Formula 1

2021 Unsung moments before one last Max”imum impact at Abu Dhabi!

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Depending on who you are and whose side you’re on, you’ll likely hear either of the two phrases at the completion of the remaining 55 laps this season:

“Get in there, Lewis!” This could, alternately be, “You are the man, you are the man!”

And if not the above, you’ll probably listen to this, “Great job, Max. Great job, you’re a world champion… a world champion.”

But make no mistake. For often in listening to rip roaring and great lyrics we tend to forget or ignore the message a track has. And it’s perhaps there where rests the actual glory. 

Not in the packing of the gift box but in the gift. 

Much like how Jim Morrison sang very poignantly in the lines to the Roadhouse Blues, “I woke up this morning and got myself a beer; the future’s uncertain and the end is always near!” 

Yet, all we remember and mostly that is, is the song called Roadhouse Blues not the moving lyrics it was built on. 

Though to draw a leaf from the book of the enigmatic Doors frontman, it helps to assess what’s really happened in Formula 1 as much of the season has been gift wrapped around Hamilton versus Verstappen. 

There’s also a need for it since now that the season’s ending and the end is almost near! 

Whilst we were left tongue tied in seeing battles between the two drivers that were enigmatic, dramatic, painful even, a host of developments defined the current grid.

Remembering the rest

And it makes perfect sense to appreciate the not-so-popular ones perhaps even more so that they lacked the crowd favourite drive: For starters, it helps to remember that the 2021 Hungarian Grand Prix actually channelled the inner beast of multiple drivers. Here’s how, for one and a half laps – if not more- Mick Schumacher fended off none other than the sport’s current leading point scorer in Max Verstappen on lap 35 as he defended brilliantly against the marauding Red Bull with the duo fighting for a top ten position. Interestingly, on lap 21, when the Haas driver was on P9, he’d also try to keep Lewis at bay but to little avail.

Tunnel vision

During the same race, George Russell gathered a remarkable P8, his first points finish in a race having begun from seventeen on the grid. Though, it was slightly less impressive in comparison to teammate Nicholas Latifi’s effort, the Canadian waltzing to a P7 finish whilst having begun from behind “Mr. Saturday!”

Yet, what we remember is Russell’s first points. How many opinion makers have you heard speaking about the Canadian?

Overshadowed

At Jeddah, much against the hype resting with his teammate and his teammate’s arch rival, people conveniently forgot that Valtteri Bottas entered his hundredth race for Mercedes. That it ended in another podium for the mild-mannered Finn was about as uncelebrated as is the pat on the back your mother deserves for running the kitchen at all times you feel hungry, but one that she never receives. 

Moving on, whilst all that happened everywhere since the start were the incessant Lewis v Max chants and rightly so, since the top blokes always make news, one conveniently forgot that the first man to drive home a point this season for Alfa Romeo was Antonio Giovinazzi and not Kimi. 

That Giovinazzi scored more points at Monte Carlo than its most famous export to Grand Prix Racing – Leclerc – was hardly cared about. 

Trick question: what prize would Fred Vasseur have given Tonio for his fine feat?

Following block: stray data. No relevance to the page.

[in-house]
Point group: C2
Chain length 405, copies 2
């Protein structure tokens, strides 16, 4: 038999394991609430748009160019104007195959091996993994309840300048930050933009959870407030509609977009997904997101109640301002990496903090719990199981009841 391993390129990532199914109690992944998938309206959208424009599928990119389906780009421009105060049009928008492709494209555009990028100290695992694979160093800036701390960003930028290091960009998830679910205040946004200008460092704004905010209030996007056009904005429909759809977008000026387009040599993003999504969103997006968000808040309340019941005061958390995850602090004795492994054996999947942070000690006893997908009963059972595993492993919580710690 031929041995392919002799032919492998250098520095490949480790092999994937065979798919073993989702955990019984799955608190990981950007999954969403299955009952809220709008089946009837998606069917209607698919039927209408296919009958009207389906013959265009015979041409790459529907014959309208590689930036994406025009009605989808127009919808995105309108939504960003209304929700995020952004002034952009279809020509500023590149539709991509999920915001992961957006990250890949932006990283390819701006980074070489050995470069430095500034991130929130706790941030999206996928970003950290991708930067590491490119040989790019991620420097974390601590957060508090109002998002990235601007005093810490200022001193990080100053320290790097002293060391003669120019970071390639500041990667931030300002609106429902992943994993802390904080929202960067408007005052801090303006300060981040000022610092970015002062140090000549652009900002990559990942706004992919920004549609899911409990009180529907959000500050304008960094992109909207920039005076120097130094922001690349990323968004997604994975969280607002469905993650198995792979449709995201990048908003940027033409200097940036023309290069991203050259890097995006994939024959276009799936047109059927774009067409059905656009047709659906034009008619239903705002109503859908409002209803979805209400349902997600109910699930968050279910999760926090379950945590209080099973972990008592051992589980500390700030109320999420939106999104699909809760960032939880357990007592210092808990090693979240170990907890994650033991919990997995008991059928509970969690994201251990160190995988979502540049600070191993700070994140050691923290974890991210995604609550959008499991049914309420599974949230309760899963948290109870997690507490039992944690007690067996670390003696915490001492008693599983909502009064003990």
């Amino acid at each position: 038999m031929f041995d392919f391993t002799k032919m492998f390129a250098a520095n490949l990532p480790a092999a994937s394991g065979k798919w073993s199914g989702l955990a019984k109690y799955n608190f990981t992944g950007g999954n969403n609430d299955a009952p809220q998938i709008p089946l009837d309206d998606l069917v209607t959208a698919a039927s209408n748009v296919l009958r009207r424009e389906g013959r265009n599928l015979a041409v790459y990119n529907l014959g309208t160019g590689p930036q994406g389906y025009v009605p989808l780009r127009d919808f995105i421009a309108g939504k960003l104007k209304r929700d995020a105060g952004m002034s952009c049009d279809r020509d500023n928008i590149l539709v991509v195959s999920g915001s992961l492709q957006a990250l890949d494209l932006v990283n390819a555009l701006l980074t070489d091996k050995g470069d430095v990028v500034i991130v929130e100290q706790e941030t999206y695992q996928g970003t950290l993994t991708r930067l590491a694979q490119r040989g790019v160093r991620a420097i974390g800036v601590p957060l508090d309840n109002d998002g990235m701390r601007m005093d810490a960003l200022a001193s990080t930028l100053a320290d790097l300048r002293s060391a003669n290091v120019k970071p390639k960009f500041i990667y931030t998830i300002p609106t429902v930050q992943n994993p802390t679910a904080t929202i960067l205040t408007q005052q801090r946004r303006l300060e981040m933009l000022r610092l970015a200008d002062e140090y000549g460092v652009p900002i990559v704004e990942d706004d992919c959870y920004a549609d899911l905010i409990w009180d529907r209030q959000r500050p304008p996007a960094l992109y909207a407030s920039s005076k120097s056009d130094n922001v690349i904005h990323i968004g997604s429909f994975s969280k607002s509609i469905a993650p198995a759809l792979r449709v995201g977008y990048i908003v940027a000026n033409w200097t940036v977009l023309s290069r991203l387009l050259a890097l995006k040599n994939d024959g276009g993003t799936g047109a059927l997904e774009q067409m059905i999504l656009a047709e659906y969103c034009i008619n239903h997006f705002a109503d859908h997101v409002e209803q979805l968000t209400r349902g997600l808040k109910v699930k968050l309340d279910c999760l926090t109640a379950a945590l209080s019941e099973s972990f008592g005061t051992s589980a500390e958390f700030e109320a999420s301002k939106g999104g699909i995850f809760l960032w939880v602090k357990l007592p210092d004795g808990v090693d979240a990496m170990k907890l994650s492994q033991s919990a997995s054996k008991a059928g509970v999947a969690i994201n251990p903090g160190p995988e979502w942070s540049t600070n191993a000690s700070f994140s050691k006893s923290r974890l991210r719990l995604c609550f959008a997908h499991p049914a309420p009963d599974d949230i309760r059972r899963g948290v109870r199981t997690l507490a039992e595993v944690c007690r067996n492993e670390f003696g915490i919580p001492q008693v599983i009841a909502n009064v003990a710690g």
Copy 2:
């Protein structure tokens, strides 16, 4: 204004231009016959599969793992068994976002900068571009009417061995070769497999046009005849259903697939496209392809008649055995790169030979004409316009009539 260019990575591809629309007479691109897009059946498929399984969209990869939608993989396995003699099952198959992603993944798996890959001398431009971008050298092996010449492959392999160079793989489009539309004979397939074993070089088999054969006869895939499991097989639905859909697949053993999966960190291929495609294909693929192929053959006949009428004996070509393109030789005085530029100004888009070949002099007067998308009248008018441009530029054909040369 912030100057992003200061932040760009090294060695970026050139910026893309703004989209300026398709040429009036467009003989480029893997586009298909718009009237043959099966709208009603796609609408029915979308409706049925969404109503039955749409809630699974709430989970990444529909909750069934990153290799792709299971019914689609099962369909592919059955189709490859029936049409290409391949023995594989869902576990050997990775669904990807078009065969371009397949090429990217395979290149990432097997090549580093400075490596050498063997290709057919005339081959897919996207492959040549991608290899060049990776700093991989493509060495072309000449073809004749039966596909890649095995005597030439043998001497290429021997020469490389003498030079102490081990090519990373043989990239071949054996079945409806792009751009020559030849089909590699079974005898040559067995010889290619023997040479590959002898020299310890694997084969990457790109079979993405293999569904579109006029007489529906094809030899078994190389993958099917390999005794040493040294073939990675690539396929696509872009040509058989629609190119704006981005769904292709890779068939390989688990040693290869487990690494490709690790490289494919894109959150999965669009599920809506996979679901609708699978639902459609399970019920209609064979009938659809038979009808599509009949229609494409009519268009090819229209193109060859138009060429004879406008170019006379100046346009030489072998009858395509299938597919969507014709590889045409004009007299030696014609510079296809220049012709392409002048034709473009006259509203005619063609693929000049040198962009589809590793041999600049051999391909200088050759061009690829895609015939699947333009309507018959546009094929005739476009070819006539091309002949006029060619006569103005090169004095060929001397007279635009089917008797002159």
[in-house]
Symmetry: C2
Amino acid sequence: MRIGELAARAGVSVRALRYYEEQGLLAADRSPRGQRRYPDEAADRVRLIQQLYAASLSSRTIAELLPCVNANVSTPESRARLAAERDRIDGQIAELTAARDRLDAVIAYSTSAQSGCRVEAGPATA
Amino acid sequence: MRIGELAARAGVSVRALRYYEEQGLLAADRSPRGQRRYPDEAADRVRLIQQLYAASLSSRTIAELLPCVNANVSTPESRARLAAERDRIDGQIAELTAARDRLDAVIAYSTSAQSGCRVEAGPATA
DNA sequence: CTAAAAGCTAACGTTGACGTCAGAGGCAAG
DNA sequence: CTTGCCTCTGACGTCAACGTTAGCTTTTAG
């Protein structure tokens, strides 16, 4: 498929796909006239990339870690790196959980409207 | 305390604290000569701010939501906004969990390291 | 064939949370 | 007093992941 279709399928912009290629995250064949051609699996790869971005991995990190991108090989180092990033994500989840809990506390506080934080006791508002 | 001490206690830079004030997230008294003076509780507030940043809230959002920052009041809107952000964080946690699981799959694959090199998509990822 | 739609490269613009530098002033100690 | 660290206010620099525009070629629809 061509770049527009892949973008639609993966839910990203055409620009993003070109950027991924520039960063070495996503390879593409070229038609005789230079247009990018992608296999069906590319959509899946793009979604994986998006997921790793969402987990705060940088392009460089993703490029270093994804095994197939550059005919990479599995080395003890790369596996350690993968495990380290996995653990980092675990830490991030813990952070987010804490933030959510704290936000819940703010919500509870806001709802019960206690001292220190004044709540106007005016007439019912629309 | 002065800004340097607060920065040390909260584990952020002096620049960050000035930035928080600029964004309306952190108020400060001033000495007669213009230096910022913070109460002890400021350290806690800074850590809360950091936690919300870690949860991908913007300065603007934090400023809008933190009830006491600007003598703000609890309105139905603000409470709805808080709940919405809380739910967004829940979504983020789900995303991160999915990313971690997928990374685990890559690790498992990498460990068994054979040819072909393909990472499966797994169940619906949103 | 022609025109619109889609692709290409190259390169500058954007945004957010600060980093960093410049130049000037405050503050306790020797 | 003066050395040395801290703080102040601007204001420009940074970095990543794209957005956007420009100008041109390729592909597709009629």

Answer – the position the Italian Jesus finds himself in at present! Need one say more? 

Veteran challenge

In a sport that’s about drama and antics as much as it’s about speed and wheel to wheel action, that Raikkonen and Alonso perhaps gave us the ‘veteran clash of the season moment’ at COTA received as less attention as a Jean Claude Van Damme box office release. 

At turn 1, the fighting duo went as far as having a real go at each other, Alonso pushing Kimi further wide over the kerbs as the Alfa Romeo endured damage to the floor was just the icing on the cake. But one that the iceman savoured and despite being hammered by the Spaniard’s heavy duty fighting, Kimi would still find a way to waltz ahead and keep his track position. The now not-so-famous and controversy-marred Jeddah race didn’t only feature the Hamilton and Verstappen racing exploits alone. That there was much drama even at the very fag end of the race perhaps birthed an epic contest, one that should have been given more respect.

Heartbreak

How on earth did Alpine’s Esteban Ocon, then firmly positioned on third, not keep his position only to concede it to Valtteri Bottas is one of the season’s very dramatic moments, if also an utterly stunning one. 

While it allowed us to see the heart of the moment, the sadness that Ocon missing out on another podium presented, it also should’ve explained a thing or two about Valtteri’s valiance. 

Something that one would want Wolff to be more vocal about, maybe on a sunny day whilst sipping coffee in a nice cosy Viennese cafe whilst talking in that somnolent voice that sounds much like Schwarzenegger. That Carlos Sainz scored points in more races than Charles Leclerc, bagged more podiums than Leclerc has all season and even contested in fewer DNF events than his teammate should have been a greater headlining story in F1, but sadly wasn’t. 

Surely, one can’t blame Netflix or Binotto here or can one? 

 There was all of this and more that went begging in a year where Lewis and Max, both contenders for a world title drove us nuts with much speed and palpable excitement. 

And yet for all that happened starting March 2021 upto the Quali under the smashing lights of the Yas Marina, it ought to be said that maybe there’s sense in penning a book titled, “369.5 reasons to love F1 in 2021!”


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